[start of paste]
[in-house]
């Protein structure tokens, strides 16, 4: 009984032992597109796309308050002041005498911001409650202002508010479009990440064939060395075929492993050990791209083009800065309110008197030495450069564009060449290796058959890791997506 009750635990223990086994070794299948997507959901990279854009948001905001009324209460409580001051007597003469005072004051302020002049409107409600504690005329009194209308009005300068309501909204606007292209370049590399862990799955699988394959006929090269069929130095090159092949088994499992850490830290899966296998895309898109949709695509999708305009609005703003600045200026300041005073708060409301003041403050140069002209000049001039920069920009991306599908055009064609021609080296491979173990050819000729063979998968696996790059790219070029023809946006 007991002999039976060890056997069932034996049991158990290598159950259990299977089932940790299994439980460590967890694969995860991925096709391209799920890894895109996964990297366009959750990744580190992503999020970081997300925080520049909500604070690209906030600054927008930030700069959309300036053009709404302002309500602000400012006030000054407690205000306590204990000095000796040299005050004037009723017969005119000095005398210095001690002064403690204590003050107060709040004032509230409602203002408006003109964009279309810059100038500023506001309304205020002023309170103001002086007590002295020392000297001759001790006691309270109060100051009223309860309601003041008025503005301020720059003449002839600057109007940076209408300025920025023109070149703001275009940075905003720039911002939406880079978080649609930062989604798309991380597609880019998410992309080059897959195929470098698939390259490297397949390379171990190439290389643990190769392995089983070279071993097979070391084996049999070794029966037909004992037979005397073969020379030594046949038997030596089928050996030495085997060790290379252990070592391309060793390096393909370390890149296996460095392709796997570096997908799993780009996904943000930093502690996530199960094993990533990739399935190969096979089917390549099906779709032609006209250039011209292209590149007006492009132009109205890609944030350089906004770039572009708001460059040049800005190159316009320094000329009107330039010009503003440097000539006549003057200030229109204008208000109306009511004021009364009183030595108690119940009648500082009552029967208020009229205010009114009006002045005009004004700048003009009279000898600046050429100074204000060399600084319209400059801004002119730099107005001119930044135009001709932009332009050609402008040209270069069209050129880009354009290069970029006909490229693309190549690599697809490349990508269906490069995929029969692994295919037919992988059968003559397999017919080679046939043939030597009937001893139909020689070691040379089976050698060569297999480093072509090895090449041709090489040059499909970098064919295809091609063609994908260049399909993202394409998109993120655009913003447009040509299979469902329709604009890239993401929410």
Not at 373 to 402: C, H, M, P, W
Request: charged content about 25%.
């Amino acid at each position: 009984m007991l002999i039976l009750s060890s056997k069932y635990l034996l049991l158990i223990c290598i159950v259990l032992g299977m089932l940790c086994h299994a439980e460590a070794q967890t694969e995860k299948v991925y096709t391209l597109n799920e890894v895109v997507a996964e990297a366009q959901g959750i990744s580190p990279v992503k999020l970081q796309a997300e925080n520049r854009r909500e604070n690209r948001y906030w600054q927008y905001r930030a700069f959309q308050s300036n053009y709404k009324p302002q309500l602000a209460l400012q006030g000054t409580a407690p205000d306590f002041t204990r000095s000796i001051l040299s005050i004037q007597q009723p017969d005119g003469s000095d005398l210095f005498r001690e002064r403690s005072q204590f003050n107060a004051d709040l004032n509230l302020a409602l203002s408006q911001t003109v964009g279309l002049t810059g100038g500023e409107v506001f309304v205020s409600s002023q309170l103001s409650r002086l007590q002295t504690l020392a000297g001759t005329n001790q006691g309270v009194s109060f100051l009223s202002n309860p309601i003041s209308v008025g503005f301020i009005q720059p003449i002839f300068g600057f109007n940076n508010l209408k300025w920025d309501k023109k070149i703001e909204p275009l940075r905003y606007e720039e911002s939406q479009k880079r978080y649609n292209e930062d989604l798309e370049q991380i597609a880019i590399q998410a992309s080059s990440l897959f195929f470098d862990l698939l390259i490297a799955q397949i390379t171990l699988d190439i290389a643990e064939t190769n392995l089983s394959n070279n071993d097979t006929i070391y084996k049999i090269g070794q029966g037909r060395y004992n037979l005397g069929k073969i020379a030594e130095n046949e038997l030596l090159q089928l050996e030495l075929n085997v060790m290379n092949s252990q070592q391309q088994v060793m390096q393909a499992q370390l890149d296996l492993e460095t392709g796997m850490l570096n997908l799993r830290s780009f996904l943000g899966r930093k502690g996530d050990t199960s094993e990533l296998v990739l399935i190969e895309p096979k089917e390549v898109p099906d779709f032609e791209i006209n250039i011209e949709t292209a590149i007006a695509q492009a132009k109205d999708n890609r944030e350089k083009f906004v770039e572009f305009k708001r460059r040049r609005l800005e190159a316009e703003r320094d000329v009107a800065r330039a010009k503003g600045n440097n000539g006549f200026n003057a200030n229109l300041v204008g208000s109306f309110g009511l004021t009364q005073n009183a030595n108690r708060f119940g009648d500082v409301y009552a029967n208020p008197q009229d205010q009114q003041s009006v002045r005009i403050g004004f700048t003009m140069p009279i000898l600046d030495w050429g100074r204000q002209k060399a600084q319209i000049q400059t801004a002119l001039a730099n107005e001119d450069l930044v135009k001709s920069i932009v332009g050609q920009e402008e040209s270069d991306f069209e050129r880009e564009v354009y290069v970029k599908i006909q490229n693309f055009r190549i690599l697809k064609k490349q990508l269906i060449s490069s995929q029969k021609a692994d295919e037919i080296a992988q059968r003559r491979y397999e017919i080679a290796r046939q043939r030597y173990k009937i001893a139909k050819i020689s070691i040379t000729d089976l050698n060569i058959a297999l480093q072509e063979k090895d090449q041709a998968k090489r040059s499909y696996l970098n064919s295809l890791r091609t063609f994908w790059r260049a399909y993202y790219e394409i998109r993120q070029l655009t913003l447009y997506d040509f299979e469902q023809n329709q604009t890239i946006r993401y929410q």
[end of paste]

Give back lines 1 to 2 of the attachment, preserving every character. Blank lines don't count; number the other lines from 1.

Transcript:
[in-house]
């Protein structure tokens, strides 16, 4: 009984032992597109796309308050002041005498911001409650202002508010479009990440064939060395075929492993050990791209083009800065309110008197030495450069564009060449290796058959890791997506 009750635990223990086994070794299948997507959901990279854009948001905001009324209460409580001051007597003469005072004051302020002049409107409600504690005329009194209308009005300068309501909204606007292209370049590399862990799955699988394959006929090269069929130095090159092949088994499992850490830290899966296998895309898109949709695509999708305009609005703003600045200026300041005073708060409301003041403050140069002209000049001039920069920009991306599908055009064609021609080296491979173990050819000729063979998968696996790059790219070029023809946006 007991002999039976060890056997069932034996049991158990290598159950259990299977089932940790299994439980460590967890694969995860991925096709391209799920890894895109996964990297366009959750990744580190992503999020970081997300925080520049909500604070690209906030600054927008930030700069959309300036053009709404302002309500602000400012006030000054407690205000306590204990000095000796040299005050004037009723017969005119000095005398210095001690002064403690204590003050107060709040004032509230409602203002408006003109964009279309810059100038500023506001309304205020002023309170103001002086007590002295020392000297001759001790006691309270109060100051009223309860309601003041008025503005301020720059003449002839600057109007940076209408300025920025023109070149703001275009940075905003720039911002939406880079978080649609930062989604798309991380597609880019998410992309080059897959195929470098698939390259490297397949390379171990190439290389643990190769392995089983070279071993097979070391084996049999070794029966037909004992037979005397073969020379030594046949038997030596089928050996030495085997060790290379252990070592391309060793390096393909370390890149296996460095392709796997570096997908799993780009996904943000930093502690996530199960094993990533990739399935190969096979089917390549099906779709032609006209250039011209292209590149007006492009132009109205890609944030350089906004770039572009708001460059040049800005190159316009320094000329009107330039010009503003440097000539006549003057200030229109204008208000109306009511004021009364009183030595108690119940009648500082009552029967208020009229205010009114009006002045005009004004700048003009009279000898600046050429100074204000060399600084319209400059801004002119730099107005001119930044135009001709932009332009050609402008040209270069069209050129880009354009290069970029006909490229693309190549690599697809490349990508269906490069995929029969692994295919037919992988059968003559397999017919080679046939043939030597009937001893139909020689070691040379089976050698060569297999480093072509090895090449041709090489040059499909970098064919295809091609063609994908260049399909993202394409998109993120655009913003447009040509299979469902329709604009890239993401929410």